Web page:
Neither of these two suicidal men received anything but abuse and mockery from the drill sergeant and their fellow recruits.

Veterans who experience this kind of attitude while in the military, who witness officers mocking and insulting suicidal people, who are surrounded by an attitude of hostility and condemnation of those who struggle emotionally, may be far less likely to seek support or help either from the military hierarchy or their fellow soldiers/veterans.

During boot camp, Boney couldn’t imagine why anyone would die by suicide. When he came home struggling with PTSD, however, he contemplated suicide himself and even says, “I almost became a statistic.”11

A “Toxic Environment” in the Barracks

Boney isn’t the only veteran to comment on the heartless attitude of military personnel towards suicidal soldiers.

Veteran Gabe Merigian writes:

I lost my friend Jon Gee to suicide two months after I got out. Jon was experiencing mental health issues and took his own life in his barracks room, largely because of the toxic environment that existed there at the time.

There were two other suicides in that barracks while I was living there. It just felt like you couldn’t rely on the higher-ups to care about your well-being.12

Between the trauma of war and the hostility of military culture toward those who are struggling, it’s no surprise that the suicide rate among veterans is so high.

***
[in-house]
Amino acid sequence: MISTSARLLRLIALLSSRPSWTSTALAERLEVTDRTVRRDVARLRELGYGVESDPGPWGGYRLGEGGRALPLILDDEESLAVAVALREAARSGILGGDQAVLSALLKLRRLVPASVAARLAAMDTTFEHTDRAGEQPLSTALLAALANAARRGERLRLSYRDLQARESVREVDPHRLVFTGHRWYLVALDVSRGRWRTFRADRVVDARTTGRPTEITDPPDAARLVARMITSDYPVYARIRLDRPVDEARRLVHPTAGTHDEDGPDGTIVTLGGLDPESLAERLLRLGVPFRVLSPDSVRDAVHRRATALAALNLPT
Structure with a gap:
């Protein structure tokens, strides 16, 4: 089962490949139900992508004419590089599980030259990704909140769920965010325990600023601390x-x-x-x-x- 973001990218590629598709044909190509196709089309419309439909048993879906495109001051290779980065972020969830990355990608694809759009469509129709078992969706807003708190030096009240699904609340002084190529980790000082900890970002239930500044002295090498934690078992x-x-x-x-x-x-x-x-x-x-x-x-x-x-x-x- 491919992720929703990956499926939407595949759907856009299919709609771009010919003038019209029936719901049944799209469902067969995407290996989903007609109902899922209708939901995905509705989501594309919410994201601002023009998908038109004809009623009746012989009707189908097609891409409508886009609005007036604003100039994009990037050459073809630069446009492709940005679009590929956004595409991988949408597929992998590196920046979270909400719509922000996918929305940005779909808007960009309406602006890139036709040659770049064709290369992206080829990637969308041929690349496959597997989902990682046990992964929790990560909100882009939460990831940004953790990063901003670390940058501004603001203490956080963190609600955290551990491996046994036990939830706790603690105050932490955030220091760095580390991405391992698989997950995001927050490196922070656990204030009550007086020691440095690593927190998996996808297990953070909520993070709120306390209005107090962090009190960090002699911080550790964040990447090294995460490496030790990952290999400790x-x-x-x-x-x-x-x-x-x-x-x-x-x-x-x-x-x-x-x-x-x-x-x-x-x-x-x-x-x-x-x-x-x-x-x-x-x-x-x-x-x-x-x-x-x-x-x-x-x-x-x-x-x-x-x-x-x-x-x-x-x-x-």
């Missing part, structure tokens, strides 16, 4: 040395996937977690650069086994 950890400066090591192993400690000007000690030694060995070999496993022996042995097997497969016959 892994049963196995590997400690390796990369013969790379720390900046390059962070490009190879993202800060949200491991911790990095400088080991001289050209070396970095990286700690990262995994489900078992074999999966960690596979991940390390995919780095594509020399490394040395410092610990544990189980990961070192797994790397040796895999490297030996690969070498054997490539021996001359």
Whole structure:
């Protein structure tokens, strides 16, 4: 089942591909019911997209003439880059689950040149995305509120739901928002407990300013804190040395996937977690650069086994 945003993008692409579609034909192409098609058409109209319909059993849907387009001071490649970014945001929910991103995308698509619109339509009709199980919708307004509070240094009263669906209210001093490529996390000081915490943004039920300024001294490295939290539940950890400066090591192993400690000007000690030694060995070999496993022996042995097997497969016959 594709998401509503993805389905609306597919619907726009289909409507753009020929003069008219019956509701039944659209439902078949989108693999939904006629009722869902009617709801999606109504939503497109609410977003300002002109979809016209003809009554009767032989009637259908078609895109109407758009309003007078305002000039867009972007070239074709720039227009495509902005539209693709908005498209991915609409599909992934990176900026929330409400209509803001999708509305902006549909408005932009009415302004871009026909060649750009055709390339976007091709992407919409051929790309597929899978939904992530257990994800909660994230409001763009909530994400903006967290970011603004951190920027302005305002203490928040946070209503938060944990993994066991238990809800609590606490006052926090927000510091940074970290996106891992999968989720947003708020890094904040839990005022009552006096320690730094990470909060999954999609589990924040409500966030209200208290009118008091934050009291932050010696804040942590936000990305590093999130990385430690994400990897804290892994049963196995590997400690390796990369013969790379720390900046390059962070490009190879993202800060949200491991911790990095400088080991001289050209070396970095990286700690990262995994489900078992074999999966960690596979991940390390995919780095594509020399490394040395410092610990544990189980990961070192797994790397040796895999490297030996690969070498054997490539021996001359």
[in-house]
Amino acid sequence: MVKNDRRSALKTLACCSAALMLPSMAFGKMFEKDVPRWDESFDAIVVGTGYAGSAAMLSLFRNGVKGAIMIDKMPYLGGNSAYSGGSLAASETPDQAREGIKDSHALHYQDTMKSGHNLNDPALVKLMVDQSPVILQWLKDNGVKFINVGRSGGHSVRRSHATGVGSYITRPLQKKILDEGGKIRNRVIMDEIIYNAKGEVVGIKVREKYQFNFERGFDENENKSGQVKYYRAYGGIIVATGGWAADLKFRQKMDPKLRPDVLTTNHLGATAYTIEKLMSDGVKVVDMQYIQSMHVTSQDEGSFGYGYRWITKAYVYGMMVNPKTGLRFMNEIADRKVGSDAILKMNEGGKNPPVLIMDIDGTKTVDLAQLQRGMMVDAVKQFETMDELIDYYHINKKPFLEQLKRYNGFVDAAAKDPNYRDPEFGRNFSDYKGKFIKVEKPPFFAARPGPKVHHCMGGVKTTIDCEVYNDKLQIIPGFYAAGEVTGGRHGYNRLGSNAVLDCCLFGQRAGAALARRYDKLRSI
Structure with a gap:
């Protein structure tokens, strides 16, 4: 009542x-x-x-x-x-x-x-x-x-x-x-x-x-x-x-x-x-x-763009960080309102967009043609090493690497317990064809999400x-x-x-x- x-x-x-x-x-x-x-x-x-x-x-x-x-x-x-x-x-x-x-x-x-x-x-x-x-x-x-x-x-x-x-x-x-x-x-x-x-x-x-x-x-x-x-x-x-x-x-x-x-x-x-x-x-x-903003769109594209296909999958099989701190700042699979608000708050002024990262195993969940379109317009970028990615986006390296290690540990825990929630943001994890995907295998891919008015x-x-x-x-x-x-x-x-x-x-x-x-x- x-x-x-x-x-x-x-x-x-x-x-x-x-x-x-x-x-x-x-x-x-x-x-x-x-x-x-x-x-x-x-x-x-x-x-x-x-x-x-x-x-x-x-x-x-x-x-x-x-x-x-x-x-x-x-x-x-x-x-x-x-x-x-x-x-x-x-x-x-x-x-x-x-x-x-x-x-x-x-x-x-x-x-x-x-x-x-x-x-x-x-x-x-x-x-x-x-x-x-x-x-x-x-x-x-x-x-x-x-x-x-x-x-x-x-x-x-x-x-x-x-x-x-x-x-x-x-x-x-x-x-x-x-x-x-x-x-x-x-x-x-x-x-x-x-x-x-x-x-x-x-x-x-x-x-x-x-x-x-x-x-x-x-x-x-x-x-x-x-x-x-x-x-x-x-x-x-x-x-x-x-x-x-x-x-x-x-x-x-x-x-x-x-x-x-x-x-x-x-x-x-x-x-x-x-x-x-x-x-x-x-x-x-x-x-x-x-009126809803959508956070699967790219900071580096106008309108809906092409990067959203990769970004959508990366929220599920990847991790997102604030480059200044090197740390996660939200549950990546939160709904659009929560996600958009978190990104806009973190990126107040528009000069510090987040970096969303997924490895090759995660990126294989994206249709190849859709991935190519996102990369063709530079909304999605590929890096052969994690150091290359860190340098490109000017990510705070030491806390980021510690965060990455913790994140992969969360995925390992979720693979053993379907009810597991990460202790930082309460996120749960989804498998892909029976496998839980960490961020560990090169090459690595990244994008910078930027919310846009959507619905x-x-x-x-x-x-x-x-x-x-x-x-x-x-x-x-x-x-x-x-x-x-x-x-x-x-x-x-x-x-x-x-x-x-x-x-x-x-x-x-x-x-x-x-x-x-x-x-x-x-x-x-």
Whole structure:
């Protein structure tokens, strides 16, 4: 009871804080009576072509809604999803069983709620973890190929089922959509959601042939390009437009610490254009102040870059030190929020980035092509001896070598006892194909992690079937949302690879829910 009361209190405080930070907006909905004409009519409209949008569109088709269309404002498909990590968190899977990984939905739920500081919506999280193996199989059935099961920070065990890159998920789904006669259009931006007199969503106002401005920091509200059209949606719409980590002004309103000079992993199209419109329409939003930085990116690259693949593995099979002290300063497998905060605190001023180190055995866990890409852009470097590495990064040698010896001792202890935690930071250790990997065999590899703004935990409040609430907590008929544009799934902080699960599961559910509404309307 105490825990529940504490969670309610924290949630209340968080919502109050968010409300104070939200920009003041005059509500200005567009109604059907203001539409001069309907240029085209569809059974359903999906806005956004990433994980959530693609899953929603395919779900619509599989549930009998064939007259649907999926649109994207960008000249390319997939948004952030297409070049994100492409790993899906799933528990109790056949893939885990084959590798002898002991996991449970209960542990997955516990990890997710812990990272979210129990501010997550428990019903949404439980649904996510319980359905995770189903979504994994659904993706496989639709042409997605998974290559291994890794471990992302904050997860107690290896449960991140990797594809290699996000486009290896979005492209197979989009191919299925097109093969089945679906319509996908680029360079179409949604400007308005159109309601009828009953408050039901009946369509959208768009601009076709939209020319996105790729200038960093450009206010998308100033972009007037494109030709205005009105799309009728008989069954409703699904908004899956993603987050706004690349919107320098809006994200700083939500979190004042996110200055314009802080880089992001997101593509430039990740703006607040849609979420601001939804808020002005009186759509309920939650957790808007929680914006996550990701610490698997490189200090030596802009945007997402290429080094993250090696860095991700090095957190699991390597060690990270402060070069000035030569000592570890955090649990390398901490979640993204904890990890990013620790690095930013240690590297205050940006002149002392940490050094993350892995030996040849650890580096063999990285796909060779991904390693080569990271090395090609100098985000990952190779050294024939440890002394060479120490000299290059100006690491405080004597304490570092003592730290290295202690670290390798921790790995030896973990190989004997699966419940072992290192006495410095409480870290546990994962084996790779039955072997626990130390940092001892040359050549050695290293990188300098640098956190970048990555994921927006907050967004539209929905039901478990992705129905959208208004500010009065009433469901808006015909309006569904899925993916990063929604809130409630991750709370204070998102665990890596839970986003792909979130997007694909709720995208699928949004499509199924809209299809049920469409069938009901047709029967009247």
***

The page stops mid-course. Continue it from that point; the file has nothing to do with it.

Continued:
1. Robert Gebbia “Military Suicide—The War within Our Ranks” appearance before the Senate Armed Services Committee, June 28, 2020. Cited in Marguerite Guzman Bouvard The Invisible Wounds of War: Coming Home from Iraq and Afghanistan (Amherst, New York: Prometheus Books, 2012) 127.
  2. Bruce Shapiro “Casualties of War” Nation January 28, 2008, pp. 7–9.
  3. April E Brown and Ethan Casey Voices of America: Veterans and Military Families Tell Their Own Stories (Fort Worth, Texas: TCU Press, 2020) 314.
  4. Ibid., 314-315.
  5. SM Boney IV Combat Medic: A Soldier’s Story of the Iraq War and PTSD (2016) 17.
  6. Ibid., 53.
  7. Ibid., 53-54.
  8. Ibid., 55.
  9. Ibid., 55, 56.
  10. Ibid., 74.
  11. Ibid., 296.
  12. April E Brown and Ethan Casey Voices of America, 293.


For posts on similar topics, see:

Suicide Prevention and Other Kinds of Killing

Reaching Out Needs Compassion

“I Became Like a Soldier Going to Battle”: Post-Abortion Trauma

“But I was Empty”: The Story of a Doctor Who Left Planned Parenthood

For a website that delves into how killing can be traumatic for those who do it, see:

Perpetration Trauma